Monday, March 5, 2012

God, Science, and Getting a Grip

Long before I converted to Catholicism, I believed that God created this world. I was also fascinated by what science had been revealing about the scale and complexity of the universe: and saw no incongruity between worshiping God, and studying creation.

I've learned more about an old fracas among British gentlemen, so I understand more about why some folks believe that religion is against science. But that notion still seems silly. So does the idea that 'because the universe functions in predictable ways, there is no God.'

Living Among Wonders

Asserting that an orderly universe 'proves' the non-existence of an orderly God seems to make about as much sense as honoring God by deliberately cultivating ignorance of what He has created.

My attitude is a bit closer to this:
"The heavens declare the glory of God; the sky proclaims its builder's craft."
(Psalms 19:2)

"Beyond these, many things lie hid; only a few of his works have we seen.

"It is the LORD who has made all things, and to those who fear him he gives wisdom."
(Sirach 43:34-35)
By the way, that bit about fear comes up fairly often, including:
"The beginning of wisdom is the fear of the LORD, and knowledge of the Holy One is understanding."
(Proverbs 9:10)
Fear of the Lord is one of the gifts of the Holy Spirit.1 Others are prudence, which isn't timidity or fear; and fortitude, which "enables one to conquer fear...." (Catechism of the Catholic Church, 1806, 1808, 1831) All of which are involved in the virtues. (Catechism, 1803-1832) And that's another topic. Topics.

What God Makes, What We Make

'If God made the world, and cares, how come someone stole my pencil?'

It has to do with free will, secondary causes, and Providence. And those are a whole lot more topics. (Catechism, 1730-1731; 304, 306-308; 309-314)

I think a reasonable summary is that God created, and is creating, the world. Including us. God also gave us "the power, rooted in reason and will, to act or not to act, to do this or that, and so to perform deliberate actions on one's own responsibility." (Catechism, 1731)

Sometimes we use that power in constructive ways. Sometimes, not so much. But, since we do have that power, I think it would be silly to hit someone with a rock: and then blame the rock. Or God.

Studying God's Creation

Imagine yourself as a child, whose father makes furniture: including all the furniture in your house.

Would it make sense to avoid looking too closely at the furniture, or watching your father make furniture, for fear that you'd learn something terribly evil? Some folks grow up with abusive parents - and in that case, the answer might be 'yes.' Sadly. Yet more topics.

Many of us, though, probably wouldn't think that learning how Dad makes chairs would lead to damnation.

'It's not the same thing,' quite: but I think the same principle applies to studying the world we live in.

If God created everything, and God is good: learning about God's creation doesn't seem like a bad idea. What we do with what we learn - well, we've got free will.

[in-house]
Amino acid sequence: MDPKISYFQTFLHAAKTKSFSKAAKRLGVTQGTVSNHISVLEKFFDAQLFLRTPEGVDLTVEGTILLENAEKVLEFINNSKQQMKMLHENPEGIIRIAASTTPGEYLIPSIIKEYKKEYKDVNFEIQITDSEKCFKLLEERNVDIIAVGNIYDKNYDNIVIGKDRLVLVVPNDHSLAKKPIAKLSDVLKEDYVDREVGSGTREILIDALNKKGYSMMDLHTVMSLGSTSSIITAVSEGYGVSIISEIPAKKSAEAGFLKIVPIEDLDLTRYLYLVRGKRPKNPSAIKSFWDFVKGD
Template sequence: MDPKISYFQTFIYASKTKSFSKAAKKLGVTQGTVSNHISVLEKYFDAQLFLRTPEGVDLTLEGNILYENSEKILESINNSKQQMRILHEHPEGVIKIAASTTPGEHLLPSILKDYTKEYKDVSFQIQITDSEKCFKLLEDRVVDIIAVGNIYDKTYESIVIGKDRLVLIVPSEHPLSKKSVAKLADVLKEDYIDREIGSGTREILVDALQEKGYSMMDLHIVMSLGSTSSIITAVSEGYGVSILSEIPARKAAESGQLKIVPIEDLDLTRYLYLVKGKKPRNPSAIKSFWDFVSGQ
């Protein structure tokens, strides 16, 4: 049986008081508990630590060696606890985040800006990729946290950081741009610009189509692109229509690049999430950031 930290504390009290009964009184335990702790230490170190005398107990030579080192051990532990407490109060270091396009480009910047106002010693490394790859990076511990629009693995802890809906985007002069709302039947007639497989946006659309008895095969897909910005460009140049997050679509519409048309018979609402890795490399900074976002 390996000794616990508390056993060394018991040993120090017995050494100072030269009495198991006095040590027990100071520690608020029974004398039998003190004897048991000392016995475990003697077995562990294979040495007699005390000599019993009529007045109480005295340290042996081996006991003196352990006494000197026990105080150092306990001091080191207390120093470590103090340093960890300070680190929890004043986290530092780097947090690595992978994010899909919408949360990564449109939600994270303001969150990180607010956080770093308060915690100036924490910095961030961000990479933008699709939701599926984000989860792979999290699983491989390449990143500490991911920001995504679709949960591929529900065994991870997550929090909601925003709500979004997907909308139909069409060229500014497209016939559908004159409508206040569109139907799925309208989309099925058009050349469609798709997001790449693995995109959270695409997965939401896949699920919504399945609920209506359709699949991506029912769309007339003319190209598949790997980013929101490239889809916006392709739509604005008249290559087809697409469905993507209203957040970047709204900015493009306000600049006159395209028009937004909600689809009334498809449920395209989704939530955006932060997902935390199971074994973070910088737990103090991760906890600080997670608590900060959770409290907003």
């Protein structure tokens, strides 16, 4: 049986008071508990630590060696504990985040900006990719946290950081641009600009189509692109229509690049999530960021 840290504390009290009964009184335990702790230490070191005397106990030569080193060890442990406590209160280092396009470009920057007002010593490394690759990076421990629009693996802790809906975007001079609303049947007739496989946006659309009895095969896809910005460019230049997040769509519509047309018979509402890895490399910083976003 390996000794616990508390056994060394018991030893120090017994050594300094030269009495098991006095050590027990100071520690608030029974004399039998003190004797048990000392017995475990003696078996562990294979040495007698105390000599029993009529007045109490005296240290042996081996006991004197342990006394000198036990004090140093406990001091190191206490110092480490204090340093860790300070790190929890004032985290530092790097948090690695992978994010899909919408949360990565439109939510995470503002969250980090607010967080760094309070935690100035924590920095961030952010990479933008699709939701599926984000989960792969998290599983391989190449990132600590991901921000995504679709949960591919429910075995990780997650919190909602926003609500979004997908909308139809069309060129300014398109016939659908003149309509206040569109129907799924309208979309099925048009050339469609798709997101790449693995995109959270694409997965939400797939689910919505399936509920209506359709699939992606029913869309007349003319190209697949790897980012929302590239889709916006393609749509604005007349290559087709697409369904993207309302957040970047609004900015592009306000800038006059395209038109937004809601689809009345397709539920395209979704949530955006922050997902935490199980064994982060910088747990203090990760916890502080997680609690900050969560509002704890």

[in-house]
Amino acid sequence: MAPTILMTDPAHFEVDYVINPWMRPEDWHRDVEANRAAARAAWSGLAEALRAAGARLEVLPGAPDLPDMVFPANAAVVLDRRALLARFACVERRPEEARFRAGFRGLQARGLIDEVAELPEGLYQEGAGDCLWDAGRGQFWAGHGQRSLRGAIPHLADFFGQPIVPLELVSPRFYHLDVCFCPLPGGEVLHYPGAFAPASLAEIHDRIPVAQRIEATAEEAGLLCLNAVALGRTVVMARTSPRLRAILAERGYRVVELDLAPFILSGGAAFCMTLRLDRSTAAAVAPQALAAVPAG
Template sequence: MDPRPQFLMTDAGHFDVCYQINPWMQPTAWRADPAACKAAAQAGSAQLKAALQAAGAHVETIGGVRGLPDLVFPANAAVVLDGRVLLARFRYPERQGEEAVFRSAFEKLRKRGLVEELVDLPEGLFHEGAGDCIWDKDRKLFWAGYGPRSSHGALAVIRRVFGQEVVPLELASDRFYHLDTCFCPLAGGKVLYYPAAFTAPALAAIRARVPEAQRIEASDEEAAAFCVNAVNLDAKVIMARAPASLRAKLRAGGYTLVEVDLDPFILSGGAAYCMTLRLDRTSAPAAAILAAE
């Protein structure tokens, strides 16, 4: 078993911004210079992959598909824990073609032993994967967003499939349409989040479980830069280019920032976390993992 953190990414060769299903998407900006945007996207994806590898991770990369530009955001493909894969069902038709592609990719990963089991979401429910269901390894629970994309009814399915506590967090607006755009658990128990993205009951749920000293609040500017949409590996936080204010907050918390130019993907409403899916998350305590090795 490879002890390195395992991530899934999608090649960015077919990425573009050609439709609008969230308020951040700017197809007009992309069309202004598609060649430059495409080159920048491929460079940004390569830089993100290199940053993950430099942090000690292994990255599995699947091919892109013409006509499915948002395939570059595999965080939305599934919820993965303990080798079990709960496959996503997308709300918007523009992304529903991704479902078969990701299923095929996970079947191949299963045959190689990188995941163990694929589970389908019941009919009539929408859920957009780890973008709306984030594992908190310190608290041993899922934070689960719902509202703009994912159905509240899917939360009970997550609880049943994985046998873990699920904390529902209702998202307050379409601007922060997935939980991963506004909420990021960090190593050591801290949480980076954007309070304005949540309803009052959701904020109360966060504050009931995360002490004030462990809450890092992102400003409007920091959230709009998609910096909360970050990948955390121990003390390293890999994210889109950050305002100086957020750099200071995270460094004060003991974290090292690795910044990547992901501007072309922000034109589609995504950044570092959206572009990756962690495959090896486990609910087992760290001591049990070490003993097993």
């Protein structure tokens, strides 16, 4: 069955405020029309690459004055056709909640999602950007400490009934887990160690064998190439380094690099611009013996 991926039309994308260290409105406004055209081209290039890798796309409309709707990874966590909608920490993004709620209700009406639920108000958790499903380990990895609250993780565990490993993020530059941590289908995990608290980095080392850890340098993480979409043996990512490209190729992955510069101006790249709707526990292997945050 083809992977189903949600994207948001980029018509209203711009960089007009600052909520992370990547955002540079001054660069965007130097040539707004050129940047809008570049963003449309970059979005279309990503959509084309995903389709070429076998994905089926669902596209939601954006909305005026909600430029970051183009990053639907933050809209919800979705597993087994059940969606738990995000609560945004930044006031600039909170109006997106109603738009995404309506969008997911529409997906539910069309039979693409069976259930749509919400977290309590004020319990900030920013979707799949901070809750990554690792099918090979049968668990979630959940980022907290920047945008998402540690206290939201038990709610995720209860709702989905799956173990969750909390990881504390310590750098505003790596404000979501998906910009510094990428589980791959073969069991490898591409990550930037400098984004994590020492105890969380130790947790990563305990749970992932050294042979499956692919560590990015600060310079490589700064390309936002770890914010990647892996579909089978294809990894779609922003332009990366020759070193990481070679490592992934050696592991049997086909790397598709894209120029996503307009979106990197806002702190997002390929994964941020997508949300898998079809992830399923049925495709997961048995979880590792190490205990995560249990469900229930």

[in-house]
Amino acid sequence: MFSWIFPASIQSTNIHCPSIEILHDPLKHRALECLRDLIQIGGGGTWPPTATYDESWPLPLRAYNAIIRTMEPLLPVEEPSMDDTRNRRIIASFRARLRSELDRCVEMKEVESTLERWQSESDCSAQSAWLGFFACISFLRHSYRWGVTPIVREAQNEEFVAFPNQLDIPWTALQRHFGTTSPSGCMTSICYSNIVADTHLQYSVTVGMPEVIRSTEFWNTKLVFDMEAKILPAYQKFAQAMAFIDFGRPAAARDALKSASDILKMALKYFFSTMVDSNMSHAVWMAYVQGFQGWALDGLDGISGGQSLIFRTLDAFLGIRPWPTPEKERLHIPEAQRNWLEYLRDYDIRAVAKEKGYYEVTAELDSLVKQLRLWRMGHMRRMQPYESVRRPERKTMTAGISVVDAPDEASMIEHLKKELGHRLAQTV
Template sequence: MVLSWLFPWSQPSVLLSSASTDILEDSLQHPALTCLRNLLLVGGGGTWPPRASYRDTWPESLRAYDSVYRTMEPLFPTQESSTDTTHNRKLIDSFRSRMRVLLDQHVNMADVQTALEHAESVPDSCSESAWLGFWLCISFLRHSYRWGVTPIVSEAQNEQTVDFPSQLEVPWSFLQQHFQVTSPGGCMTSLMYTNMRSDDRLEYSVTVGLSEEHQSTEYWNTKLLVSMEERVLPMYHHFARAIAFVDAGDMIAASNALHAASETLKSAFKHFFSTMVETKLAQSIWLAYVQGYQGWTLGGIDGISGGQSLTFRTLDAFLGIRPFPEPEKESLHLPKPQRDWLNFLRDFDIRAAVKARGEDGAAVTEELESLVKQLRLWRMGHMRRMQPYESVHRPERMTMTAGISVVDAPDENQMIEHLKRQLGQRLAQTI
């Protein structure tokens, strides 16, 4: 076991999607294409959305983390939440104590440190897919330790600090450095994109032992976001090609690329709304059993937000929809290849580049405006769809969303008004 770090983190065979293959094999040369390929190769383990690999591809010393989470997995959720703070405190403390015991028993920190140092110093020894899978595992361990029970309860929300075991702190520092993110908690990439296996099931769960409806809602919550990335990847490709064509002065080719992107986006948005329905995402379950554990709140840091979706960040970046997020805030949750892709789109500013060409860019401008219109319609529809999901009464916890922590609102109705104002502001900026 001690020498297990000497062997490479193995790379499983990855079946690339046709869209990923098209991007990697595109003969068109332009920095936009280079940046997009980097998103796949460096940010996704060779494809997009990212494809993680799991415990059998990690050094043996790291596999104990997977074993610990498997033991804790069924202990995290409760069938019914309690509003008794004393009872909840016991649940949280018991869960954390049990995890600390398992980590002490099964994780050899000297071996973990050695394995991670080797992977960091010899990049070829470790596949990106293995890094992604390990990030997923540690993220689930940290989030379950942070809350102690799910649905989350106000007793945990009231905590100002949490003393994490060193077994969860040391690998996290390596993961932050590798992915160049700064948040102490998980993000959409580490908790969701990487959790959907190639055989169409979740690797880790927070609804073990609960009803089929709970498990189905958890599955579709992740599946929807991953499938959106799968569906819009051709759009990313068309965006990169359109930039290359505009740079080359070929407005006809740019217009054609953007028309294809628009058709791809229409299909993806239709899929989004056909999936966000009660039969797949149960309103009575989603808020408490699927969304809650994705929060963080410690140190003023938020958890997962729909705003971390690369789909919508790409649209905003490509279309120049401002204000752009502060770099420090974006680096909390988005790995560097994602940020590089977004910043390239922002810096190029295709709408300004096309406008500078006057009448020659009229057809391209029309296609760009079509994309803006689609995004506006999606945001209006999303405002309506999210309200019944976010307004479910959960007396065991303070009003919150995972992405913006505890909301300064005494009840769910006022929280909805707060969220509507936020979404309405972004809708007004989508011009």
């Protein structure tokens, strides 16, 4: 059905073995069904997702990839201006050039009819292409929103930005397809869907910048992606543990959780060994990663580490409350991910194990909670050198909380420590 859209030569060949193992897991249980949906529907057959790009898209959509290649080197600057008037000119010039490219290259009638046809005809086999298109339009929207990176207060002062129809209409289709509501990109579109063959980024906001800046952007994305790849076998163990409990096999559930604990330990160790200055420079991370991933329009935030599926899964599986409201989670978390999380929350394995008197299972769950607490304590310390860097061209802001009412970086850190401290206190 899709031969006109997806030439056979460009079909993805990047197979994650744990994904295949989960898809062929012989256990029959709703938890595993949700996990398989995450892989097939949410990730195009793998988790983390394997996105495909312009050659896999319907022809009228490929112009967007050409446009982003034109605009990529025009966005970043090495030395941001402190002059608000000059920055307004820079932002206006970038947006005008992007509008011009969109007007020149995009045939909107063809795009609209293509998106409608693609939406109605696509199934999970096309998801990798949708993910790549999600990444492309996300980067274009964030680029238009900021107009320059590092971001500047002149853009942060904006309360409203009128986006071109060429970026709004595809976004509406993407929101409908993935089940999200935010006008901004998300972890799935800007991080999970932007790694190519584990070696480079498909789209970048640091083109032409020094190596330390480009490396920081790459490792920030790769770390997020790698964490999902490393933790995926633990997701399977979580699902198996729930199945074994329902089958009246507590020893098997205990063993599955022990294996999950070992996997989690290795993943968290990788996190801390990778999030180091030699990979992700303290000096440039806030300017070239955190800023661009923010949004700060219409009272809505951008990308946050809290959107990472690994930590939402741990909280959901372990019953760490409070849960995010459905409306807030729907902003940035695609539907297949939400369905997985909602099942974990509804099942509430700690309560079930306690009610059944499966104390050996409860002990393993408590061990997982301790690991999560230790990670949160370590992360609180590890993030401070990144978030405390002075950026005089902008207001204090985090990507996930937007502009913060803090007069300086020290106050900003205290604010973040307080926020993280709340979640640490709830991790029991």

Part of what the Catholic Church has to say:
"...the things of the world
and the things of faith
derive from the same God...
(Catechism of the Catholic Church, 159)

"...Science and technology are ordered to man, from whom they take their origin and development; hence they find in the person and in his moral values both evidence of their purpose and awareness of their limits."
(Catechism, 2293)
More, about God and living in His creation:
  • God
    • Created everything
      (Catechism of the Catholic Church, 268)
      • Out of nothing
        (Catechism, 296)
    • Didn't have to create anything
      (Catechism, 295)
    • Upholds and sustains what He created
      (Catechism, 301)
    • Is
      • Big
        • Putting it mildly
        (Catechism, 300)
      • All-powerful
        • But His power is not arbitrary
        (Catechism of the Catholic Church, 271)
  • Creation is
    • Good and ordered
      (Catechism, 299)
    • Being completed
      • It is "in a state of journeying"
        (Catechism, 302)
  • We're supposed to seek God
    (Catechism, 1)
  • We can learn some things about God by studying what He created
    (Catechism, 31-36, 282-289)
    • But God has revealed more about Himself than what's in creation
      (Catechism, 37-38)
Related posts:

1 A few words about knowledge and fear of the Lord:
"1 But a shoot shall sprout from the stump of Jesse, and from his roots a bud shall blossom.

2 The spirit of the LORD shall rest upon him: a spirit of wisdom and of understanding, A spirit of counsel and of strength, a spirit of knowledge and of fear of the LORD,
(Isaiah 11:1-2)

"FEAR OF THE LORD: One of the seven gifts of the Holy Spirit which ensures our awe and reverence before God (1831)"
(Glossary, Catechism of the Catholic Church)

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What's That Doing in a Nice Catholic Blog?

From time to time, a service that I use will display links to - odd - services and retailers.

I block a few of the more obvious dubious advertisers.

For example: psychic anything, numerology, mediums, and related practices are on the no-no list for Catholics. It has to do with the Church's stand on divination. I try to block those ads.

Sometime regrettable advertisements get through, anyway.

Bottom line? What that service displays reflects the local culture's norms, - not Catholic teaching.